Joseph – What a Man!

Joseph – What a Man!

© Rhonda Pethoud 12/20/2014

Recently, I read a book called “Joseph: A Man of Integrity and Forgiveness” by Charles R. Swindoll.  Swindoll is an accomplished  author, senior pastor at a large church, chancellor of a theological seminary and the Bible teacher on an internationally syndicated radio program. Charles Swindoll is the author of a series of books called, “Great Lives From God’s Word.”  Joseph’s story is one of them.

The book was excellent, but this isn’t a book report.  Rather, I wanted to share a few things I learned about Joseph that I didn’t know before I read this book.  I knew Joseph was a type of Jesus – now I know that Joseph’s story was elegantly designed to show us what those qualities are and make us think about how we can achieve them.  I’d also like to mention that there are those who believe the story of Joseph is much, much deeper than his capacity for faith and forgiveness.  Some believe that the second part of Pharaoh’s dream about the “lean ears” represents the coming Tribulation prophesied in Daniel and that the “fat ears” represents a great bounty of souls who will be won to the Lord through salvation in numbers the world has never seen.  I’m not qualified to comment because I still have a lot of studying to do on the subject.  As always, the Word of God is deeper than we can ever know, and we’re meant to continually study it throughout our life.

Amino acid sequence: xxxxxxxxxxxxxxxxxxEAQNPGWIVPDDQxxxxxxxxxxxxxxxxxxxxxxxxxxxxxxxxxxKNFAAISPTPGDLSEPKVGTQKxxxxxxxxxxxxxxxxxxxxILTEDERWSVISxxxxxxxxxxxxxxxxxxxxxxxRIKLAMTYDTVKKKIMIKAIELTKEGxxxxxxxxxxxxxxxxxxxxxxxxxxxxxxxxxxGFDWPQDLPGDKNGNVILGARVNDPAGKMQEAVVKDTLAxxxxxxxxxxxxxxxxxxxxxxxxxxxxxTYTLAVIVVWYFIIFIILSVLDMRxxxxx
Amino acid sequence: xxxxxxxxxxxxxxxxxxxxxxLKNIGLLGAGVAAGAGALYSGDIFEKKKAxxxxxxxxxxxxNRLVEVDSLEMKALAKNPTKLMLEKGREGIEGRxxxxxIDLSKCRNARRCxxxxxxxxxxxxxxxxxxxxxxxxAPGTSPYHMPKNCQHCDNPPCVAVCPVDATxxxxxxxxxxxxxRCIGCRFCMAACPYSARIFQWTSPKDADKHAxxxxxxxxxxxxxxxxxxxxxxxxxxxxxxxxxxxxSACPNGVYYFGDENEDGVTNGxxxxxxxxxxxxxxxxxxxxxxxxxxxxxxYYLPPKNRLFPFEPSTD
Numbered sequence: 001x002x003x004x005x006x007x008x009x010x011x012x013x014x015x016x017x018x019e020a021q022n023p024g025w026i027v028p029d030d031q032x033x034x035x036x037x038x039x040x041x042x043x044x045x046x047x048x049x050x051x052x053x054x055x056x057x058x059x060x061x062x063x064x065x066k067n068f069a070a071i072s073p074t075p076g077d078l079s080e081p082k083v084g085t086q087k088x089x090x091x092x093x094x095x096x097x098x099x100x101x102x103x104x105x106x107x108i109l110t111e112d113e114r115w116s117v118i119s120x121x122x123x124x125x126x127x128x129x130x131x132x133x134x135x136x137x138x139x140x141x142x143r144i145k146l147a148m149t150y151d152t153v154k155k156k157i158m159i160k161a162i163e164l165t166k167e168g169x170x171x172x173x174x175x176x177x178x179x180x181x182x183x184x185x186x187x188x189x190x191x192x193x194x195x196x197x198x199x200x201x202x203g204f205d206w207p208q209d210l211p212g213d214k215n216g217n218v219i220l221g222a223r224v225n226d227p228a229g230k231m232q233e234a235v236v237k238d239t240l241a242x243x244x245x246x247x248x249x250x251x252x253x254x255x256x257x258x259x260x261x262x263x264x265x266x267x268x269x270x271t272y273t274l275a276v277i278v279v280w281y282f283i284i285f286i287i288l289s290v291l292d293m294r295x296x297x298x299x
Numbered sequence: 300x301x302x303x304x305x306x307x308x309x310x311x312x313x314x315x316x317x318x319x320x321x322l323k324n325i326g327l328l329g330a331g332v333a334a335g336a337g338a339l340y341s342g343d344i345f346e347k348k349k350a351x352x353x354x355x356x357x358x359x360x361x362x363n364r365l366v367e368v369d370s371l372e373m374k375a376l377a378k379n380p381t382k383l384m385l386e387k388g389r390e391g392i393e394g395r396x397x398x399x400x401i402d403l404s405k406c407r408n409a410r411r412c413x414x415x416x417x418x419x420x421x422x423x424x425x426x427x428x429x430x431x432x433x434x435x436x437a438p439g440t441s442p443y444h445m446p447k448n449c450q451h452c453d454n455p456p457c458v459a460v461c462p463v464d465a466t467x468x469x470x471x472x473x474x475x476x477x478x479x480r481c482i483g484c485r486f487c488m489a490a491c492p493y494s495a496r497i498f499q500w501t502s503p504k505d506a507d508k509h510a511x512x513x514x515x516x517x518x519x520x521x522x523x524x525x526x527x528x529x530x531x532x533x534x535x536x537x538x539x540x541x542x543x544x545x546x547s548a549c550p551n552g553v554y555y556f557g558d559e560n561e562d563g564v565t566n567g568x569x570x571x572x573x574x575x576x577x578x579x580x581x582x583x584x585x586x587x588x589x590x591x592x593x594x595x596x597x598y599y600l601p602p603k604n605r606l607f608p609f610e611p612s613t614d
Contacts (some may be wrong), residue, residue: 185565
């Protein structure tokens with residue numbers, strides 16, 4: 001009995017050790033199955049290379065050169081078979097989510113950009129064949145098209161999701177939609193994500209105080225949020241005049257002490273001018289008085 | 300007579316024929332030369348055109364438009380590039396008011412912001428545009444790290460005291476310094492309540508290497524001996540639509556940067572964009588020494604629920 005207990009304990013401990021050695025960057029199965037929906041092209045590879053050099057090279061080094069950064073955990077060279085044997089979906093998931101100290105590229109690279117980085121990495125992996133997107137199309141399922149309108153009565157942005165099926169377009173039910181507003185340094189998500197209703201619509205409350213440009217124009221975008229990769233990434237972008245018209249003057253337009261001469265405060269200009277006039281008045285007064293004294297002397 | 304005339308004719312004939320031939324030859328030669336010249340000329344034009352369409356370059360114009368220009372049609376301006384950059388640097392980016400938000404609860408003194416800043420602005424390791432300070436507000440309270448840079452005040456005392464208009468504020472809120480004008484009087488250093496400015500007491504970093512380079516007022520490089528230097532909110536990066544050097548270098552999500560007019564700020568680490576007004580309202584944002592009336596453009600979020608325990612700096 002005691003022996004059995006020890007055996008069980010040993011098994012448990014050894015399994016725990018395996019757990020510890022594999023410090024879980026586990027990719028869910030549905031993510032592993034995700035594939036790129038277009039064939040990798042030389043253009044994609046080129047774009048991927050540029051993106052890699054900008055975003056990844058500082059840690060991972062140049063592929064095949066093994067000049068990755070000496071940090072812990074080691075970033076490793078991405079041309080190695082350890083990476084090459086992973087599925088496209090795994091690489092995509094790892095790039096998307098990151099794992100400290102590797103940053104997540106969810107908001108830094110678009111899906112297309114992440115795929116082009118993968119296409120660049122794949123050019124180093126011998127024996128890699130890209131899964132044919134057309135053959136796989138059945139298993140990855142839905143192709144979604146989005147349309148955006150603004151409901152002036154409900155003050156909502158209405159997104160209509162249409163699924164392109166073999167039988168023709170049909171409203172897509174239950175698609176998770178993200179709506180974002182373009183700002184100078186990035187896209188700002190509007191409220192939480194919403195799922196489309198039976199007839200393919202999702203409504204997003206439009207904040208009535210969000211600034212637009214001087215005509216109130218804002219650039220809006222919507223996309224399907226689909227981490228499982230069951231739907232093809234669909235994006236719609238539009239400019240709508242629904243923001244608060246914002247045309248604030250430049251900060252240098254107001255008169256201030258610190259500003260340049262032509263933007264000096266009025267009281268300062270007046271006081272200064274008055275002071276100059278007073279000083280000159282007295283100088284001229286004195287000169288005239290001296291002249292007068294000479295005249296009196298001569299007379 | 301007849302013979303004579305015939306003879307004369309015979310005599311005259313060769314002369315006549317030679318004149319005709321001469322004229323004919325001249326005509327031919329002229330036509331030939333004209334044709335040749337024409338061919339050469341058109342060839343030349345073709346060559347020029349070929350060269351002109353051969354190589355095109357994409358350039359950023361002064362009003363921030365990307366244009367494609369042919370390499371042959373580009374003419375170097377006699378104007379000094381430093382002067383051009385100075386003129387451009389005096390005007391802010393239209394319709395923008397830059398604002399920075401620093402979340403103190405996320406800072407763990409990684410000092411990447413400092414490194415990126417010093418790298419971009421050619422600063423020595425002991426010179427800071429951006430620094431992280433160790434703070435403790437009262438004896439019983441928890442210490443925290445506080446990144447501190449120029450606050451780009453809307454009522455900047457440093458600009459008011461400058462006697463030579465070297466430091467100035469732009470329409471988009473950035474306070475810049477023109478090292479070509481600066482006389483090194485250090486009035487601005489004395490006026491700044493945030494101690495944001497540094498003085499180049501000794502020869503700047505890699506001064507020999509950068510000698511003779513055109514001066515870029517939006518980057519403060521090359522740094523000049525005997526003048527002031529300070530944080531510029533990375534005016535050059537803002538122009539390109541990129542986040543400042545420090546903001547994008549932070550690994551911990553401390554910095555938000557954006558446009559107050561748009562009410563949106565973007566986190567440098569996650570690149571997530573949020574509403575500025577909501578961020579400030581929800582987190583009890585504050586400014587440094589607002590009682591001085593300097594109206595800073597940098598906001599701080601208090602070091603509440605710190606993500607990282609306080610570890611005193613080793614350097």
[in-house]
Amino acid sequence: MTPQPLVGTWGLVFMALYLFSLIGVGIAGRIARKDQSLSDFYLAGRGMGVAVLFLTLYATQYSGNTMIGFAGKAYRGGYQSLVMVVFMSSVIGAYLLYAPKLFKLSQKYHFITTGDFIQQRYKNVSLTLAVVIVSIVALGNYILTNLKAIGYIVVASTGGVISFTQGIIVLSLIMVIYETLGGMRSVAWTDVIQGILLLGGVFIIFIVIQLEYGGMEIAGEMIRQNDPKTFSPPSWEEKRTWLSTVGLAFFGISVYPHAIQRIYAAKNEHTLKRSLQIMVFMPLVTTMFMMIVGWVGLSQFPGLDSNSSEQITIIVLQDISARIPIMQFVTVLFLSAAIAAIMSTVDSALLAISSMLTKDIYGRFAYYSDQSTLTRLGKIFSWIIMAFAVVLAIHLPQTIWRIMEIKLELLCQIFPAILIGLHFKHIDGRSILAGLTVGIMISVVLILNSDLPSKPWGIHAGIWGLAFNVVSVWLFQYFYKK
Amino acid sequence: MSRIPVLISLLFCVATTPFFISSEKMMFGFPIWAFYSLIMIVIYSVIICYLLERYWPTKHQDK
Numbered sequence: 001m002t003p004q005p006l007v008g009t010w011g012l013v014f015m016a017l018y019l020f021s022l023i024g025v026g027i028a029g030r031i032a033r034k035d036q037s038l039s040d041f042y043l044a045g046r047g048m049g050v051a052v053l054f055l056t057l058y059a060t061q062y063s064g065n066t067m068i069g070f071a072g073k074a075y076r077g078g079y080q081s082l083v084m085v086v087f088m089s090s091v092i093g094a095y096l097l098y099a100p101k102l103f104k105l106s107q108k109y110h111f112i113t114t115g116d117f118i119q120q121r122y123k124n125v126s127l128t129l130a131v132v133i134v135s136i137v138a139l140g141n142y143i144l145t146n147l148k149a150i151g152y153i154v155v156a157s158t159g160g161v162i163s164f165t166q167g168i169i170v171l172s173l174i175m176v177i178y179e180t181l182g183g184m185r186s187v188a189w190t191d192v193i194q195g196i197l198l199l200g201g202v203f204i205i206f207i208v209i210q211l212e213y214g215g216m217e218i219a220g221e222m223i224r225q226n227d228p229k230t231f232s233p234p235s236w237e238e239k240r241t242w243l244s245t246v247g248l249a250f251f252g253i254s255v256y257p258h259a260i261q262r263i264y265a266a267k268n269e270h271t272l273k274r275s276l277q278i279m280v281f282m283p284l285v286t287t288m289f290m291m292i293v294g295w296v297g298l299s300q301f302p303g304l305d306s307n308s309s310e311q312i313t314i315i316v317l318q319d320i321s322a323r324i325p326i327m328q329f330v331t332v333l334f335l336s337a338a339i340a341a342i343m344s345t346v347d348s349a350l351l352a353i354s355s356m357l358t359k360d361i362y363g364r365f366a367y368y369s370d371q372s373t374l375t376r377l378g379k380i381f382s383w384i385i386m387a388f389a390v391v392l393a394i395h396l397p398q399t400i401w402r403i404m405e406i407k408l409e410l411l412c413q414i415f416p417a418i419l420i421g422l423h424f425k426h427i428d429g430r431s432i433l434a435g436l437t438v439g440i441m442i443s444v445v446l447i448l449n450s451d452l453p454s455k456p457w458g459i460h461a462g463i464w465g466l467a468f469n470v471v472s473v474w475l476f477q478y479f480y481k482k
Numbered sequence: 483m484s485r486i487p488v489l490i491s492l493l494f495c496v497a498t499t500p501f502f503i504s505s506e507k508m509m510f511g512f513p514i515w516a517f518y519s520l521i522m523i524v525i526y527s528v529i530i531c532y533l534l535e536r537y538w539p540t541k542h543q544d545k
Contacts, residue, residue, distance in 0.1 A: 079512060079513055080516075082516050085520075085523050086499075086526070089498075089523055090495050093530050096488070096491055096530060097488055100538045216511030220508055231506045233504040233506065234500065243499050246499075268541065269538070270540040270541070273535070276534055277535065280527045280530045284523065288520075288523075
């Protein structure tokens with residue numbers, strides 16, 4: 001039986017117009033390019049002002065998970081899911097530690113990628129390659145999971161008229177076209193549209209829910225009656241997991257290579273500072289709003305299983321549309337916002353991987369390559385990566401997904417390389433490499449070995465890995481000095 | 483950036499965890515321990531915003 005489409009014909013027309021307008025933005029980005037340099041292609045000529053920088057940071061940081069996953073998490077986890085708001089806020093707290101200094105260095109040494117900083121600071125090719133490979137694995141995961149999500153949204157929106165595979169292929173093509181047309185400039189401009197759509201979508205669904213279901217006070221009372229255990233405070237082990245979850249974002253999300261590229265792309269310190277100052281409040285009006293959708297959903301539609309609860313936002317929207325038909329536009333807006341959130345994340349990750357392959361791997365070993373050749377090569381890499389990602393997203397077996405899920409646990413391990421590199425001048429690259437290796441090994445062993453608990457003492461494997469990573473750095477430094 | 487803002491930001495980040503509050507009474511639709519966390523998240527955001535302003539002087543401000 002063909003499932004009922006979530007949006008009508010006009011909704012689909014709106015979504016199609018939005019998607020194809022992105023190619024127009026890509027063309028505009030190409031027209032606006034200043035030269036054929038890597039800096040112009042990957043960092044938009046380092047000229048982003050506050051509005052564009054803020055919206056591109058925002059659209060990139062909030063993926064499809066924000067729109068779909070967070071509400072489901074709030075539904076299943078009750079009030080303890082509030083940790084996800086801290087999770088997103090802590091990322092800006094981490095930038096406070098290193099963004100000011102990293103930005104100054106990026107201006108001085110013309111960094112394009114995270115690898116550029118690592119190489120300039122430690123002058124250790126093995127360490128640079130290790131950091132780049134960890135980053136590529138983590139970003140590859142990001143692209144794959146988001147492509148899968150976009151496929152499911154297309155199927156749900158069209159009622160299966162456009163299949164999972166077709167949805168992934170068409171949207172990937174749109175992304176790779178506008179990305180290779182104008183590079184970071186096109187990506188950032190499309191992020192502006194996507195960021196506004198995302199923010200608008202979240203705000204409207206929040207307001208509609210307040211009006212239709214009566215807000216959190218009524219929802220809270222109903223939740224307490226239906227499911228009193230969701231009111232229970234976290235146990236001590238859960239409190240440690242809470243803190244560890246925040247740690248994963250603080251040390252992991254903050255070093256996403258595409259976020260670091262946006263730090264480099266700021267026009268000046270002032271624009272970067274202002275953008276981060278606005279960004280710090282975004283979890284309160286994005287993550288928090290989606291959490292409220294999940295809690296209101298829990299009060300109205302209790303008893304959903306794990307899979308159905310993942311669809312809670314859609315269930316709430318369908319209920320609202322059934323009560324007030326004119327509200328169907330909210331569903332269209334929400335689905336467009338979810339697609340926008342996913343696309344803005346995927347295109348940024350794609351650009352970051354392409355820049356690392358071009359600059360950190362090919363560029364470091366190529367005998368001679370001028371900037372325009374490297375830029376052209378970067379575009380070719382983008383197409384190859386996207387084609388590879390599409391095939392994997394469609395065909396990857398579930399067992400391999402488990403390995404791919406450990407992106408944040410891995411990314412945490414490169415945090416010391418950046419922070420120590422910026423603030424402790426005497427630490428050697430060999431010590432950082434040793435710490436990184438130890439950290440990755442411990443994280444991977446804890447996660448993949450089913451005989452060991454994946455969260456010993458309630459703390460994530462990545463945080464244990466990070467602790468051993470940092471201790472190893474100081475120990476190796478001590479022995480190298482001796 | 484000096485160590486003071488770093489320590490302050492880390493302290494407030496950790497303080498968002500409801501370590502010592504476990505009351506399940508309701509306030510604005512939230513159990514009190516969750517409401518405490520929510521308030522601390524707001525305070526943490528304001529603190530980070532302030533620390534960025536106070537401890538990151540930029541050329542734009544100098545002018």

Joseph’s story begins in Genesis 30 and ends in Genesis 50.  In those short pages, God has shared with us the story of a man of absolute integrity and an amazing capacity to forgive.  He started out to be quite ordinary – born a shepherd’s son, his mother, Rachel, died giving birth to Joseph’s baby brother Benjamin.  His father, Jacob, was a bit of a rebel but he loved Rachel more than anyone else on earth.  When she died, those two young boys became his life.  There probably wasn’t much of a material nature a father could do for his son back then but we learn that Jacob loved his son so much that he had a magnificent coat made for Joseph from many pieces of colored cloth sewn together.  It was fit for a king, and Joseph’s brothers took note.  The coat represented the “first born inheritance” that Jacob was giving to Joseph, and Joseph’s half-brothers were consumed with jealosy.

Now Jacob’s other sons were all older than Joseph and probably a bit rough from living and working in the wilderness.  They tended the flocks all day, every day.  One day Joseph shared a dream he had with his older brothers; he dreamed that they were all stalks of wheat and all the other stalks, representing his brothers, were bowing to him.  The other brothers had become jealous of Joseph’s relationship with their father and this was the frosting on the cake.  Bow to Joseph? Not likely, they snorted. Instead, they plotted to kill him and threw him in a deep pit.  They would have left him there to die but one brother saw an opportunity for financial gain and convinced the others to sell Joseph to a band of travelers, who took Joseph to Egypt to be sold as a slave.  There, he was purchased as a slave by Potiphar, the captain of the guard in Pharaoh’s house.  The brothers showed Jacob the coat they had rubbed with animal blood, and told Jacob his precious son was dead.